Music Reviews
Laurel Hell

Mitski Laurel Hell

(Dead Oceans) Rating - 7/10

Recently, a new Mitski album hasn’t felt like a sure thing. The impression she gave when she temporarily left public life in 2019 was one of burnout due to fame, industry nonsense, and the corrosive force of social media. But it all served as fuel instead for Laurel Hell, an ‘80s-inspired mix of heady synths and cutting lyrics that makes for another strong entry into Mitski’s canon.

Much of Laurel Hell takes the next step into some of the synth-heavy pop soundscapes that Be the Cowboy dabbled in, with none being poppier than The Only Heartbreaker. Racing with propulsive drums and shining guitar notes, the song acts like a reverse Nobody, on which Mitski is now the one pushing others away. “If you would just make one mistake/What a relief that would be,” she sings, hoping for some reaction from her partner. Stay Soft and Love Me More are nearly as catchy, the former with a swaying, New Wave bassline and the latter’s bounce making you want to dance or run for miles. 

It’s when Mitski goes weirder that she conjures songs that will dig into your soul and stay with you the most. Working for the Knife wobbles on top of a bed of synths swaying like the ocean. “I used to think I'd be done by twenty/Now at twenty-nine, the road ahead appears the same,” she sighs at the commodification of art trapping her in a daily grind. Valentine, Texas announces itself as an eerie, Lynchian opener. That’s Our Lamp is an unexpectedly upbeat-sounding closer that Mitski turns on its head with lines about a relationship’s dying embers. “We may be ending/I'm standing in the dark/Looking up into our room/Where you'll be waiting for me,” she sings with resignation at the inevitable.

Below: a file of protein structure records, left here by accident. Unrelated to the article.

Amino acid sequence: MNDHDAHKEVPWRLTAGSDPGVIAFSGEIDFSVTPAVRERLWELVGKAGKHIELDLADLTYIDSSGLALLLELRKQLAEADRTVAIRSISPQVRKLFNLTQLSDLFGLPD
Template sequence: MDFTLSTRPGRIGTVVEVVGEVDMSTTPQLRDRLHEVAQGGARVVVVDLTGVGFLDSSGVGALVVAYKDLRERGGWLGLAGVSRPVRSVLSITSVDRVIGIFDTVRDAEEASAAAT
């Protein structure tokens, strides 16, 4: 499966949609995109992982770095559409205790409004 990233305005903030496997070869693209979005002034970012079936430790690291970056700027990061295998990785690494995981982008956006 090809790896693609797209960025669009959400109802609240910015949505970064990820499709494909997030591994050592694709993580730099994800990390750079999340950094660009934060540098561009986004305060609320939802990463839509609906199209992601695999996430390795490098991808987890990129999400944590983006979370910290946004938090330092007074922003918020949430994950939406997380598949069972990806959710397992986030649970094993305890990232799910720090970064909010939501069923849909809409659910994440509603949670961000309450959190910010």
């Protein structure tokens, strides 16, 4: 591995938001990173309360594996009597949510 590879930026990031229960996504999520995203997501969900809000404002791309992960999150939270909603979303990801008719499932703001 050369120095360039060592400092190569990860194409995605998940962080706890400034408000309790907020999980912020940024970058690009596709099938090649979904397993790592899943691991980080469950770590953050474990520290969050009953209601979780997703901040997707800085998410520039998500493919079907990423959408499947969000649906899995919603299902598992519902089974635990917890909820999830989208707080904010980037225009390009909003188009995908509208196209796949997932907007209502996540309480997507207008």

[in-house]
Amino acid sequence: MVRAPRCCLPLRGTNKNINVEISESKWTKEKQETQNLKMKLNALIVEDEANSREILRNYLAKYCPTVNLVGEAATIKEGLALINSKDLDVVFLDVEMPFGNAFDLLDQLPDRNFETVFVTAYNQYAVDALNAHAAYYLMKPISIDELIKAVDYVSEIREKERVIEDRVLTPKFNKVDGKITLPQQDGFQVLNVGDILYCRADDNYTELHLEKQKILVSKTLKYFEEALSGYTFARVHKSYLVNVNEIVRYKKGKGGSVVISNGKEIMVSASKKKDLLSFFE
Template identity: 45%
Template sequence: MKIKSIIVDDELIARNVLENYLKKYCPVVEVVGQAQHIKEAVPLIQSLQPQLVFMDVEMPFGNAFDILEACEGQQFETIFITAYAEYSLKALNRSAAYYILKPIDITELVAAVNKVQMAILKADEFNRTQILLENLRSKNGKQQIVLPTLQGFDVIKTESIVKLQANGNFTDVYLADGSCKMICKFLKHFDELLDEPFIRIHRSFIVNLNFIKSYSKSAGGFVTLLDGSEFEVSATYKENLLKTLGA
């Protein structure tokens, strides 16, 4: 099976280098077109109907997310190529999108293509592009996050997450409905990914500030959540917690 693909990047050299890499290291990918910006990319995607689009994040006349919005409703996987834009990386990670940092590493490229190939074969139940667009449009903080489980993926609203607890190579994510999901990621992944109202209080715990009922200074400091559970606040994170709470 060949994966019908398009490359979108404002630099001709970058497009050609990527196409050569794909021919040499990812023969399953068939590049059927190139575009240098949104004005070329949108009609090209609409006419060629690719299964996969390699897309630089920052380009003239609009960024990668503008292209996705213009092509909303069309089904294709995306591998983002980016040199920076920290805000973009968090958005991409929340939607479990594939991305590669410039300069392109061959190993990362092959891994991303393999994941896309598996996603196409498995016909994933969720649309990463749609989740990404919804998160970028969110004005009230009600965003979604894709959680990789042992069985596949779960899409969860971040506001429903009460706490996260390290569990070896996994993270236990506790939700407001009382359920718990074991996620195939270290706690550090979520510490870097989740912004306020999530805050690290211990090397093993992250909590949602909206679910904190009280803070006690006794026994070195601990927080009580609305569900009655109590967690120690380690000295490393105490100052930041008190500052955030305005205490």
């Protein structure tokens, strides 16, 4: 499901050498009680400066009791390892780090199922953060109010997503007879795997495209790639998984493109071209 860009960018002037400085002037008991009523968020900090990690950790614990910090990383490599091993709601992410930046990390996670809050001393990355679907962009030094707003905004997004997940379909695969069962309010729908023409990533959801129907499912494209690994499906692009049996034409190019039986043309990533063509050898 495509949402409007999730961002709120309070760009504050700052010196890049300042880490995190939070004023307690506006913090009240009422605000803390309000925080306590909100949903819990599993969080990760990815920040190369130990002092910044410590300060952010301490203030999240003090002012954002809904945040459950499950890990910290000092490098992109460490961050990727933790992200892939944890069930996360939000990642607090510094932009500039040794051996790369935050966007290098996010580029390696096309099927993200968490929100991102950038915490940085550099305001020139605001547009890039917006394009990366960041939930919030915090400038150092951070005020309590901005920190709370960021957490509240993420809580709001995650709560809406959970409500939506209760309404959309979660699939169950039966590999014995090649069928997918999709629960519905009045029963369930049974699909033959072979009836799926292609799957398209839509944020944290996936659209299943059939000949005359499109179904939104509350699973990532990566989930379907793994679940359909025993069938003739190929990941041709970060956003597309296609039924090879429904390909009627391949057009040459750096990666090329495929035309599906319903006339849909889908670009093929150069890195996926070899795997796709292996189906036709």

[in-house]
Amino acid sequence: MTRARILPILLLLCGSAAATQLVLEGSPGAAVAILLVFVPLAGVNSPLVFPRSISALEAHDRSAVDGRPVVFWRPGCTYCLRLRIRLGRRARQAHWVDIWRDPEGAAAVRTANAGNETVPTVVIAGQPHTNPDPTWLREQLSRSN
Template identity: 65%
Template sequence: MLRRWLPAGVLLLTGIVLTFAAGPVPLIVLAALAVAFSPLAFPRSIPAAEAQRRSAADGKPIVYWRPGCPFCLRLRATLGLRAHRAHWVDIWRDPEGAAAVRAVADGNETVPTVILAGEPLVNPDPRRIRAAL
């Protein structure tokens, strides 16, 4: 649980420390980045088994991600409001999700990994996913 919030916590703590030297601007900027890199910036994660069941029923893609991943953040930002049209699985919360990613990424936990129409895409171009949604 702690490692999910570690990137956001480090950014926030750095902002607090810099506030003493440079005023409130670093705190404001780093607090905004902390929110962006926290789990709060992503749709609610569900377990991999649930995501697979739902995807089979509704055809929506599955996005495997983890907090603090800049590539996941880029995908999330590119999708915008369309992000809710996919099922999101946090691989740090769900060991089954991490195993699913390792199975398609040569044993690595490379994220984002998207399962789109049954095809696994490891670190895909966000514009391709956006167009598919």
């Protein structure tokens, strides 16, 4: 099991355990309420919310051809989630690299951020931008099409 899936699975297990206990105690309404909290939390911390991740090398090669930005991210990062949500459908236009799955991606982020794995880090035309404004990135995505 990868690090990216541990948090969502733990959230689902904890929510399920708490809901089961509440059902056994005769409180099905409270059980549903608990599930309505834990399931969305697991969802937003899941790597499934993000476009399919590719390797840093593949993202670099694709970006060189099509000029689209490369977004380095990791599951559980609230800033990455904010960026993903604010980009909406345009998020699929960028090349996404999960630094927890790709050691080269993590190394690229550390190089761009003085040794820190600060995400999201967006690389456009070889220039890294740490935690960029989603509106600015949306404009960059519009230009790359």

While those lively tunes are great for the most part, Laurel Hell stumbles on its slower tracks—which often feel like momentum killers. The Eno soundscapes of Everyone take too long to go anywhere. There’s Nothing Left for You and I Guess are weak retreads of material mined with Pink in the Night and Two Slow Dancers. Only the slow burn of Heat Lightning stands out thanks to creeping guitar notes, a slightly discordant keyboard, and Mitski’s vocals sung from a mask on the edge of cracking.

Laurel Hell works as a sister album to Be the Cowboy but more personal and more honed-in on a synth-heavy sound than that previous release’s sprawl. While the focus makes for a more compact listen that homes in on her themes and provides plenty to enjoy, it also feels like she’s reached the natural end of this particular road. But we shouldn’t expect Mitski to idle in one place for long. She’s emerged from the thickets of Laurel Hell more assured than ever before.